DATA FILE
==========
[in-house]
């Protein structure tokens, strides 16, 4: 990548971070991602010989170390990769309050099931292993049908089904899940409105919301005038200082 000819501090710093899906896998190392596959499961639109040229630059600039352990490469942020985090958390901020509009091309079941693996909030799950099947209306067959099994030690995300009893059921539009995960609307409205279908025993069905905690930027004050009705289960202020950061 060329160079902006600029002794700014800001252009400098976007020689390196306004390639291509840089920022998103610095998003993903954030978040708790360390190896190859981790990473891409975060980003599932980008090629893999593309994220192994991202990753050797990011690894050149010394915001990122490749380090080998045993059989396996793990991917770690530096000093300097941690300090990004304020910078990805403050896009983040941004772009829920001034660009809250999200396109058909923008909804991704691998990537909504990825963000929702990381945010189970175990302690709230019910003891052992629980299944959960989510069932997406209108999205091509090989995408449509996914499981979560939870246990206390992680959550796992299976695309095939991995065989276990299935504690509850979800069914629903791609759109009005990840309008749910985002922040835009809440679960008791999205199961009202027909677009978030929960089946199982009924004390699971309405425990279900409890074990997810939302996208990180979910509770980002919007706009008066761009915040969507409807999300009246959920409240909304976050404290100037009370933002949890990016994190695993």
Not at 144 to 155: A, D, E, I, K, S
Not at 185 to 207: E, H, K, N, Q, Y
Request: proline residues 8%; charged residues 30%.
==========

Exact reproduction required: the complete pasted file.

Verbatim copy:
[in-house]
């Protein structure tokens, strides 16, 4: 990548971070991602010989170390990769309050099931292993049908089904899940409105919301005038200082 000819501090710093899906896998190392596959499961639109040229630059600039352990490469942020985090958390901020509009091309079941693996909030799950099947209306067959099994030690995300009893059921539009995960609307409205279908025993069905905690930027004050009705289960202020950061 060329160079902006600029002794700014800001252009400098976007020689390196306004390639291509840089920022998103610095998003993903954030978040708790360390190896190859981790990473891409975060980003599932980008090629893999593309994220192994991202990753050797990011690894050149010394915001990122490749380090080998045993059989396996793990991917770690530096000093300097941690300090990004304020910078990805403050896009983040941004772009829920001034660009809250999200396109058909923008909804991704691998990537909504990825963000929702990381945010189970175990302690709230019910003891052992629980299944959960989510069932997406209108999205091509090989995408449509996914499981979560939870246990206390992680959550796992299976695309095939991995065989276990299935504690509850979800069914629903791609759109009005990840309008749910985002922040835009809440679960008791999205199961009202027909677009978030929960089946199982009924004390699971309405425990279900409890074990997810939302996208990180979910509770980002919007706009008066761009915040969507409807999300009246959920409240909304976050404290100037009370933002949890990016994190695993």
Not at 144 to 155: A, D, E, I, K, S
Not at 185 to 207: E, H, K, N, Q, Y
Request: proline residues 8%; charged residues 30%.